Knock'em over, both stumps and heads
Dean Elgar fell on the floor to an Umesh Yadav thunderbolt. Speed gun showed 145kph. More importantly, it was a well-directed bouncer that reared off a length. The ball thudded on the helmet right above the ear. The South African team physio Brandon Jackson came rushing in. The South African opener sat on the pitch and looked dazed. After initial assessment, Elgar was ruled out of any further participation in the ongoing third Test. Theunis de Bruyn became his concussion sub.
The incident happened at the stroke of tea on the third day here at the JSCA Stadium. South Africa were following on after being bowled out for 162 in their first innings against India’s 497/9 declared. Yadav was into his fifth over and Elgar had been batting on 16, with the Saffers’ second innings total 26/4. He was hit on the third ball of the over and the umpires called an early tea. “Dean Elgar is still being assessed and we are following the standard ICC protocol,” the Cricket South Africa media manager Sipokazi Sokanyile said after the day’s play.
It was third such incident in Tests in three months – Steve Smith at Lord’s in August, Darren Bravo at Kingston in September and now Elgar at Ranchi. Marnus Labuschagne was Smith’s concussion substitute after the latter was hit on the neck by a Jofra Archer bouncer. Jermaine Blackwood came in for Bravo, when the left-hander took a blow off a Jasprit Bumrah bouncer and retired hurt.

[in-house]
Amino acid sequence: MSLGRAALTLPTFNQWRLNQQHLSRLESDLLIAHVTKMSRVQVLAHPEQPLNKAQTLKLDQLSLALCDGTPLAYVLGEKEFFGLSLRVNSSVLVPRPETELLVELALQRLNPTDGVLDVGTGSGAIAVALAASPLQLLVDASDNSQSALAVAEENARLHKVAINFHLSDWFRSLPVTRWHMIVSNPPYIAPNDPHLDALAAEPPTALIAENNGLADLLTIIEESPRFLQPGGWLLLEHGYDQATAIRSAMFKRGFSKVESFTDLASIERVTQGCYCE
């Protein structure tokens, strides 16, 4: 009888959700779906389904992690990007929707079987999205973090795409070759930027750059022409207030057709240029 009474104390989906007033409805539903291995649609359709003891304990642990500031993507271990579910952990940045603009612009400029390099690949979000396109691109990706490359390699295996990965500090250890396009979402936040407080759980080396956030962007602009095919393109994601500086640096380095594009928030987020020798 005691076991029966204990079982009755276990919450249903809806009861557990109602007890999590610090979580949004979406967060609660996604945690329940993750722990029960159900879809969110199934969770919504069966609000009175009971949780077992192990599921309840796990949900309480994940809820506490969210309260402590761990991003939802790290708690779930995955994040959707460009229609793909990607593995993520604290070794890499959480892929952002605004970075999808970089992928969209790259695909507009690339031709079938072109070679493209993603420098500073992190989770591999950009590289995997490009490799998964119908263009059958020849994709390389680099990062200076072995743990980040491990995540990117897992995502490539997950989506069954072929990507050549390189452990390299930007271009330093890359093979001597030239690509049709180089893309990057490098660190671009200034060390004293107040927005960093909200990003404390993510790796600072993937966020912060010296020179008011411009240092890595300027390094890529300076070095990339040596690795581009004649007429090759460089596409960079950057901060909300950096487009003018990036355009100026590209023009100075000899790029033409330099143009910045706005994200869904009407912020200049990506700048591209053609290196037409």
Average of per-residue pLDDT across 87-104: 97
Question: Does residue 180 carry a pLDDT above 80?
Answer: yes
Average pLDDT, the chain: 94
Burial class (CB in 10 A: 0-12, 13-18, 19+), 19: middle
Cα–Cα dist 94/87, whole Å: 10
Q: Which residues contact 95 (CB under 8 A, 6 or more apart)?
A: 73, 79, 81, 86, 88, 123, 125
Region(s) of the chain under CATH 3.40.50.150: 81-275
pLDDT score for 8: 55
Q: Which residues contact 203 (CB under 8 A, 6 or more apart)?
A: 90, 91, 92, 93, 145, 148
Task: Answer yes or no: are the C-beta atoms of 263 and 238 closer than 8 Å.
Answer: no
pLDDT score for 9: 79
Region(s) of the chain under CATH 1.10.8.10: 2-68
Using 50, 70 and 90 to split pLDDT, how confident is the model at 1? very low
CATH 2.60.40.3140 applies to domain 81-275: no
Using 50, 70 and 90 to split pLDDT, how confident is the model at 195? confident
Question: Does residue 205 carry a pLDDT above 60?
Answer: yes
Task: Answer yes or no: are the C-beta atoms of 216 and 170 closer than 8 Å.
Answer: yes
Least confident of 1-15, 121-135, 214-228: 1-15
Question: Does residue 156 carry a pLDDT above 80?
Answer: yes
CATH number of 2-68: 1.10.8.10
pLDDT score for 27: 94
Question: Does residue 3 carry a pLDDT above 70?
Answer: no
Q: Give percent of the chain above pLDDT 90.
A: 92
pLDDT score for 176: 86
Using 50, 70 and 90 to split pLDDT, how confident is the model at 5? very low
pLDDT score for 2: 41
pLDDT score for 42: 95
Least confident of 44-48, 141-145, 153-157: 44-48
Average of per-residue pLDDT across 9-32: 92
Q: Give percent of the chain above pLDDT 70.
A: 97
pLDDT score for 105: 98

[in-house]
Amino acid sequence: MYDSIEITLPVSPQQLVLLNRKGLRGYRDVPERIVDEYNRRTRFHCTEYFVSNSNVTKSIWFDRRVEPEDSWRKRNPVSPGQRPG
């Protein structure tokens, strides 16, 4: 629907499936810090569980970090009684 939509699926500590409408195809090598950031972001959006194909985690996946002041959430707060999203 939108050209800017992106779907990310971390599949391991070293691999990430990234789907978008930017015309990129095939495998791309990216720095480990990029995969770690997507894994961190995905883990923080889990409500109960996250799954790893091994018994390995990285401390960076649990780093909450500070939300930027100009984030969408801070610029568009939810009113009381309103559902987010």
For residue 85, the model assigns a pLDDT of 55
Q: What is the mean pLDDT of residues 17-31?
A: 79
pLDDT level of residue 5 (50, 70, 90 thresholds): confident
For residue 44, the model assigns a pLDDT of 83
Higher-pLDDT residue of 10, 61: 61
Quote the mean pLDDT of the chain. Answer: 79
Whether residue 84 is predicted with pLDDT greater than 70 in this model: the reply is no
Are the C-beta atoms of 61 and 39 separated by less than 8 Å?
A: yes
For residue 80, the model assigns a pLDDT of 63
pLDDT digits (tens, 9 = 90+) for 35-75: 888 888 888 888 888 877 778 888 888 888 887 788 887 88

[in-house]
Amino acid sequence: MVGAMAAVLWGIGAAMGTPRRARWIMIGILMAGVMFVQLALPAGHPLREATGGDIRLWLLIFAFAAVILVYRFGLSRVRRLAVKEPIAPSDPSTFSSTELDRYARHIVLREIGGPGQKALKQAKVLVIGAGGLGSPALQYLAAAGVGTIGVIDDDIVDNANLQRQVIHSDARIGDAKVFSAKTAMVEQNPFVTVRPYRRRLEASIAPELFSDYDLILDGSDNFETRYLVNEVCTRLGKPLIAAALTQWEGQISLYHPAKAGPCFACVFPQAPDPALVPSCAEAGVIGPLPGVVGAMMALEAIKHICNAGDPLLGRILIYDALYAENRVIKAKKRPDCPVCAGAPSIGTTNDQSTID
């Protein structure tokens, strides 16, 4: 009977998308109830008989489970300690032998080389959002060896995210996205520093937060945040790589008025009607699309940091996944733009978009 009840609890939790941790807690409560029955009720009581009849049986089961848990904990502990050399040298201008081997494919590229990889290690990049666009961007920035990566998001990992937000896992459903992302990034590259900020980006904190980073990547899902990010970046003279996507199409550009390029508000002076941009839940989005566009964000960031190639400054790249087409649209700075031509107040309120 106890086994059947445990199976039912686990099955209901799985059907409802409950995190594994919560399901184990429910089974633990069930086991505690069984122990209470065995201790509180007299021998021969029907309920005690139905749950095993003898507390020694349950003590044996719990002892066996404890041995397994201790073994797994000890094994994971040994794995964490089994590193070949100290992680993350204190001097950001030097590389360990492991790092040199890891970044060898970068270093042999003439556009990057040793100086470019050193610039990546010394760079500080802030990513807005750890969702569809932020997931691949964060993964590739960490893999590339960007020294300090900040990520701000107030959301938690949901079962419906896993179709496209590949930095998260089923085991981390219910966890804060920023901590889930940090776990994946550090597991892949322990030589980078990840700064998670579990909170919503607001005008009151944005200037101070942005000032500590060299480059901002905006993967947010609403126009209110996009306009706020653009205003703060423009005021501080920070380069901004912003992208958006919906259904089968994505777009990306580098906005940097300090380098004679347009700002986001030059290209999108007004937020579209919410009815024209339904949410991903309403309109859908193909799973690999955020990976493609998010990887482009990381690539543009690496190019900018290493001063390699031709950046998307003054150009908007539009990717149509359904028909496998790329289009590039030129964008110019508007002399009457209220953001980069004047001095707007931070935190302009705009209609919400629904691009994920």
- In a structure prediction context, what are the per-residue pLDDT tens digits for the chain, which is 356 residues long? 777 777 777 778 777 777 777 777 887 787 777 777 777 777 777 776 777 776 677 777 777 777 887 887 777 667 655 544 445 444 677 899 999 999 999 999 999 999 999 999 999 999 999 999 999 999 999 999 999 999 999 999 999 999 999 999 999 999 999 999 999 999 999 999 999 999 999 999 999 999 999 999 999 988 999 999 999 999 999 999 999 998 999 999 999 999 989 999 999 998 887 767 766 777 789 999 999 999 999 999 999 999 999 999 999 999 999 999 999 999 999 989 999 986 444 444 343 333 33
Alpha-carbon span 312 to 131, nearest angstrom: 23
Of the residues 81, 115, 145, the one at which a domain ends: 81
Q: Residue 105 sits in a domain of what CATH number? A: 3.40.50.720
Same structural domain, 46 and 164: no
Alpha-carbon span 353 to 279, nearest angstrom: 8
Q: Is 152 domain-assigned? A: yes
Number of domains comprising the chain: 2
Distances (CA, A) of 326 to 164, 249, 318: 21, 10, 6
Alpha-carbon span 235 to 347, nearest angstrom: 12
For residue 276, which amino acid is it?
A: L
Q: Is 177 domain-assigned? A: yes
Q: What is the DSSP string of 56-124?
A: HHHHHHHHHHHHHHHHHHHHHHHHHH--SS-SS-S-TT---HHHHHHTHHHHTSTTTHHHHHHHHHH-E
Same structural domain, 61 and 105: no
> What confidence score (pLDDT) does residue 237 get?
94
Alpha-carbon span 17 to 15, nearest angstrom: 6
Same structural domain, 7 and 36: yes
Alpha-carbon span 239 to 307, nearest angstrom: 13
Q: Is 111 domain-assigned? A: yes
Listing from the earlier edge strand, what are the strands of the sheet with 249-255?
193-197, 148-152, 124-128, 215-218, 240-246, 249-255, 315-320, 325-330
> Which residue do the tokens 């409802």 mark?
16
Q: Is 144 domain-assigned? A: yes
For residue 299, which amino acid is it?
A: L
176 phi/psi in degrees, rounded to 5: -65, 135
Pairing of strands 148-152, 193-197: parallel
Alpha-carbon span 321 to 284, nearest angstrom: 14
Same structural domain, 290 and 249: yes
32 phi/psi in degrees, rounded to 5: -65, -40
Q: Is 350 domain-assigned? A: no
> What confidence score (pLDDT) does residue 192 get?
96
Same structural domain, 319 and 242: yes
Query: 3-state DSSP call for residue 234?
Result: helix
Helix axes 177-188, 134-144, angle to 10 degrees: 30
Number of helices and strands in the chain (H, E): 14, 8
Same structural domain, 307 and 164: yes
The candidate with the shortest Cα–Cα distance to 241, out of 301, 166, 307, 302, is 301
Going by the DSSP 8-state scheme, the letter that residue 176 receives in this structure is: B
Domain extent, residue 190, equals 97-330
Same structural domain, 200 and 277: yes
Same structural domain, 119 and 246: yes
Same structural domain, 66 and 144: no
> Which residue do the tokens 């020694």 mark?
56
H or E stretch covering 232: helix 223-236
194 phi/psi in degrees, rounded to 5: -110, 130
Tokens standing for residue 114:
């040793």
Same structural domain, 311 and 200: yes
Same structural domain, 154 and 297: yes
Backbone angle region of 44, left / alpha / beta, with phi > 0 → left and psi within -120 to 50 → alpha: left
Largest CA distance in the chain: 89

Although, the JSCA Stadium pitch had variable bounce, Elgar’s injury was basically down to his inadequate technique against the short ball. His took his eyes off the delivery and sort of ducked into the bouncer. Last year in Johannesburg also, he was hit on the grille by a Bumrah bouncer and needed a concussion test. Back then, he was given the go-ahead to carry on. Also, it was prior to the concussion sub – a like-for-like replacement – days. The ICC approved the new rule at its Full Council in London in July this year, as part of the playing conditions for all international and first-class matches. The rule came into effect from August 1, when the World Test Championship started at Edgbaston, with the Ashes.
“Following a two-year trial in domestic cricket, the ICC approved concussion player replacements in all formats of men’s and women’s international cricket and for first class cricket worldwide,” the world cricket’s governing body had stated in a release following its annual conference.